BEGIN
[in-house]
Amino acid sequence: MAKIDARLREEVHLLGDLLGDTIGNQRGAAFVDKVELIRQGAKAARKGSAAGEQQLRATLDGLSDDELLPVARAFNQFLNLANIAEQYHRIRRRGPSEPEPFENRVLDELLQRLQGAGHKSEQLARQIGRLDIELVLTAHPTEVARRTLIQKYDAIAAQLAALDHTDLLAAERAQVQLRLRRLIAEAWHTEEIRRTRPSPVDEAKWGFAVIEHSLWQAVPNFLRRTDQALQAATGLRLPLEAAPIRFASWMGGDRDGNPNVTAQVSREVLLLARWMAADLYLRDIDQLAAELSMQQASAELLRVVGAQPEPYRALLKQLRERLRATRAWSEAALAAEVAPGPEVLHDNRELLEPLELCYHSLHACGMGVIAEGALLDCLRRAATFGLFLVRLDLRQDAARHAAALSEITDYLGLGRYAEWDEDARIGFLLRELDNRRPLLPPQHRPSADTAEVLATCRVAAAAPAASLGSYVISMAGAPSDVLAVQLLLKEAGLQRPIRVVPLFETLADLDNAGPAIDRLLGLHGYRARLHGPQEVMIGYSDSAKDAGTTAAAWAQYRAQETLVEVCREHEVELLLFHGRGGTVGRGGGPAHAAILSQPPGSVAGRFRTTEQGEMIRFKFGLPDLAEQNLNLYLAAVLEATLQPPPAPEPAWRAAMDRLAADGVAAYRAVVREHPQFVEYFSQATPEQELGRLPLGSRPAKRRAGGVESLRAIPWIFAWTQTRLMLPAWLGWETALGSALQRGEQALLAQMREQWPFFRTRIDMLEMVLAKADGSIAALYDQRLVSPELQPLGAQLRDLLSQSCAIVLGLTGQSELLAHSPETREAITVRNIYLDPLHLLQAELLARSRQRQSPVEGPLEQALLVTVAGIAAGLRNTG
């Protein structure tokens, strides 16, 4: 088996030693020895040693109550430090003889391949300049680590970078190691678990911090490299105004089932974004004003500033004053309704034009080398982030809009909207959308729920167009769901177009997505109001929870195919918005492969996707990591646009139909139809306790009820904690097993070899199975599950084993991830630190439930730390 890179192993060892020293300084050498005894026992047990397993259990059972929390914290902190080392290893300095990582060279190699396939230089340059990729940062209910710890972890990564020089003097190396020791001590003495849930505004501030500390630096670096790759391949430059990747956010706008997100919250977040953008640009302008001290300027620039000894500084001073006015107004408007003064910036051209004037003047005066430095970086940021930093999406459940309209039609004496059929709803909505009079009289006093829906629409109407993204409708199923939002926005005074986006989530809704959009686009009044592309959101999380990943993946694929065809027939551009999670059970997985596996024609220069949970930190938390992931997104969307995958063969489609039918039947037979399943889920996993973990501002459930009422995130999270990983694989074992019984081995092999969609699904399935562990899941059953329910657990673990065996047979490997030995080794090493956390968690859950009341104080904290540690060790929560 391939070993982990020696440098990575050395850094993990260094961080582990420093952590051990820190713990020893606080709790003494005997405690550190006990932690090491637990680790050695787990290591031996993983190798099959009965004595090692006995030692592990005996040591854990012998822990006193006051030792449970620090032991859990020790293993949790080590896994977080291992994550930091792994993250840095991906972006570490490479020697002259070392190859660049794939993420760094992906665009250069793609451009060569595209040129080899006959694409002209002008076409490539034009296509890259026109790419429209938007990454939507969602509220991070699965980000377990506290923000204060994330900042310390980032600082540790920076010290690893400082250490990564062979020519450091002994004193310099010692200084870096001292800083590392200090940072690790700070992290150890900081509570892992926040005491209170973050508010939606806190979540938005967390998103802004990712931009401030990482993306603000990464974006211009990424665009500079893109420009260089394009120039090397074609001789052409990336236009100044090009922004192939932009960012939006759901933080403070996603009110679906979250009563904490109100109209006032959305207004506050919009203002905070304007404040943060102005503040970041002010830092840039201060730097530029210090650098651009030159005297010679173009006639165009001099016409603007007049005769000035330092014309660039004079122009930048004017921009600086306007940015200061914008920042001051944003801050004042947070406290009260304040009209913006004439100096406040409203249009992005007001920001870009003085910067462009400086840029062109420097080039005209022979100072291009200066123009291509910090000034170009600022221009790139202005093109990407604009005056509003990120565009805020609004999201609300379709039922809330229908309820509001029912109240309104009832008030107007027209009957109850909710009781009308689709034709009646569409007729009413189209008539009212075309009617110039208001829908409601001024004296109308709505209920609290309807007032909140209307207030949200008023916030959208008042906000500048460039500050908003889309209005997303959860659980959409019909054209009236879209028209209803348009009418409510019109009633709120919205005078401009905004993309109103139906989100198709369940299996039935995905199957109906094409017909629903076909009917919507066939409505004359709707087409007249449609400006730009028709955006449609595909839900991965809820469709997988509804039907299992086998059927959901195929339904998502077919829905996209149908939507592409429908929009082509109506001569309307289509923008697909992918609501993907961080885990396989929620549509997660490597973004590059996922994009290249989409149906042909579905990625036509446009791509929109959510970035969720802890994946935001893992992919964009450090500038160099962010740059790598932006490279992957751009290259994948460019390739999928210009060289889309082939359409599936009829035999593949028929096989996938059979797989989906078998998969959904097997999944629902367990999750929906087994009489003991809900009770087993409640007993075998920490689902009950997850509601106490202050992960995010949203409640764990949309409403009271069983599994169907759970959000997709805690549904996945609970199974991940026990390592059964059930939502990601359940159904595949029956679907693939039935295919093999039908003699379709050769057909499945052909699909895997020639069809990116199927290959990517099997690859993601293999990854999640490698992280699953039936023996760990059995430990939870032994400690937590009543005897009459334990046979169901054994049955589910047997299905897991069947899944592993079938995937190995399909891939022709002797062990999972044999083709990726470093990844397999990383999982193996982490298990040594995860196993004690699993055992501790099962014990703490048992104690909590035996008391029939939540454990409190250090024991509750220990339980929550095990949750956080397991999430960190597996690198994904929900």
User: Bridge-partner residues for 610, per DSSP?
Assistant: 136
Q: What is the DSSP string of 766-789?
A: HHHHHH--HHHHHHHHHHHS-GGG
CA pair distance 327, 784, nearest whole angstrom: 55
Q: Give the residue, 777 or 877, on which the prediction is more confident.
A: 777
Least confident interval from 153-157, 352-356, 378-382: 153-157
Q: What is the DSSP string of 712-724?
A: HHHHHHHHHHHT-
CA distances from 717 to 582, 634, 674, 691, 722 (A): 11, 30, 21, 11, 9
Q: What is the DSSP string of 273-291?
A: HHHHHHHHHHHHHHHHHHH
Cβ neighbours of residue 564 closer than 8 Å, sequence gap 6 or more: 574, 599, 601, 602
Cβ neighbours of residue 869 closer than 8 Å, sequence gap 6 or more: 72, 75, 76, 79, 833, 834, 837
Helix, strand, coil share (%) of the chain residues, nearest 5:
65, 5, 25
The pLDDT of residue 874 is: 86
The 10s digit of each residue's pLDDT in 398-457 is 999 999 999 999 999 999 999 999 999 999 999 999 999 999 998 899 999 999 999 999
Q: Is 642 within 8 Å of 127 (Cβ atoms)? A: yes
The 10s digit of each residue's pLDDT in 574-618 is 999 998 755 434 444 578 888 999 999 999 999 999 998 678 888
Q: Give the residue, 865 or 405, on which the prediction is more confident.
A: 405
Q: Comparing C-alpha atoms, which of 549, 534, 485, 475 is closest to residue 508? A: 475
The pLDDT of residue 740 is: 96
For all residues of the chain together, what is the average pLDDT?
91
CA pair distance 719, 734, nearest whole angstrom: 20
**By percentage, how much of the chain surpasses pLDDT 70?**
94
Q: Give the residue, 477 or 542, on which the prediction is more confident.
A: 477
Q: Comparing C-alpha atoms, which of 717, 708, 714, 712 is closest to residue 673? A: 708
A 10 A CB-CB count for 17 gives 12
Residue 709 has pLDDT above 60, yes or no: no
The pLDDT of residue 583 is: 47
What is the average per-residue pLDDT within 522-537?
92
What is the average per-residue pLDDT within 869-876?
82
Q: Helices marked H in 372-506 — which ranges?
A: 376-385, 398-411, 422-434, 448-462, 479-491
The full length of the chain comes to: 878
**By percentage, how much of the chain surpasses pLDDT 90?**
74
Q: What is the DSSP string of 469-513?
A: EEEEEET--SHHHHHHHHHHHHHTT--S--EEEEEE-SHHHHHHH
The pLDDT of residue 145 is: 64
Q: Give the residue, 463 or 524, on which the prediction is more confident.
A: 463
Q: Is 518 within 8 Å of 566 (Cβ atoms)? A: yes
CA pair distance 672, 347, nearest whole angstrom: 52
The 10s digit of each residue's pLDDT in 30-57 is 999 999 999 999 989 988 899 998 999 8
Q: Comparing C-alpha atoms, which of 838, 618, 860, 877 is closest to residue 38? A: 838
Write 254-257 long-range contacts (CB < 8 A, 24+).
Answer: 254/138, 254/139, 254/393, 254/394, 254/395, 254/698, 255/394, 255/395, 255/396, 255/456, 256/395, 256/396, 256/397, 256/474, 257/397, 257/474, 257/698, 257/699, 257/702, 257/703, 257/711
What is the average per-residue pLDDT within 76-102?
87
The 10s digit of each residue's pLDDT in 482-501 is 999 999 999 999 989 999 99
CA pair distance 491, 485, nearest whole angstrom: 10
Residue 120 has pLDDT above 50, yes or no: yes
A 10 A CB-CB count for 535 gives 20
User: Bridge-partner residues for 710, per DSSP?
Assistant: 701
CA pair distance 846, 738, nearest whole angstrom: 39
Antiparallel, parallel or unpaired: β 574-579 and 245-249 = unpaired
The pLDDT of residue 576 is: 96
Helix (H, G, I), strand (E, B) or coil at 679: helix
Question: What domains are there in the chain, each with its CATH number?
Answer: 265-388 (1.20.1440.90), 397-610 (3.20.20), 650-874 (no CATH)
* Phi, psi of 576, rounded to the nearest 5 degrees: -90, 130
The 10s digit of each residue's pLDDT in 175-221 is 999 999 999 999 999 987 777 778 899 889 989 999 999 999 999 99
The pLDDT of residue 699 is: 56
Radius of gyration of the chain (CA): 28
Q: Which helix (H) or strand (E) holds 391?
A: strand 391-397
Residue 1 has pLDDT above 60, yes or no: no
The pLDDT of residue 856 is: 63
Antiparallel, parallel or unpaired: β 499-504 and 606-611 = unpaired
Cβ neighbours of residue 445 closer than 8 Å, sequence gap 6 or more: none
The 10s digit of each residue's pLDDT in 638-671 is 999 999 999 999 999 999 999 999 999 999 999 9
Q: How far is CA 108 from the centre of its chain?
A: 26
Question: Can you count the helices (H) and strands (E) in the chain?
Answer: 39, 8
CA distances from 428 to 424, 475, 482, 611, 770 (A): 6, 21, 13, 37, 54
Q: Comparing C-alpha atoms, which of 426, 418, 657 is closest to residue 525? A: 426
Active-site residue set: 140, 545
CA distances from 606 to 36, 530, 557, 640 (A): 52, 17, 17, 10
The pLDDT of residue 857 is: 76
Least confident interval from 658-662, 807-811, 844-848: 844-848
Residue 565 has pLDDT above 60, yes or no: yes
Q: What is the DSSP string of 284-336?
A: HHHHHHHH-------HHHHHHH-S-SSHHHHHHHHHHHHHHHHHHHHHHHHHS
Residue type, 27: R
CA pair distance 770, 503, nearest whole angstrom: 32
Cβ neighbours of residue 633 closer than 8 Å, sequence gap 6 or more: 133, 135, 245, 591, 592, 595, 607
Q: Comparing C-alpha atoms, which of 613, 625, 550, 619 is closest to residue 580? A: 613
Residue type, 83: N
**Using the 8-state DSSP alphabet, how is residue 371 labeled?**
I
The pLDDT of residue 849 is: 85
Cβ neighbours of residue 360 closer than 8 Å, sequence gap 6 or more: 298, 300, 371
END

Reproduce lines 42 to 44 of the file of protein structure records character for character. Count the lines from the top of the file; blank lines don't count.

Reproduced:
What is the average per-residue pLDDT within 869-876?
82
Q: Helices marked H in 372-506 — which ranges?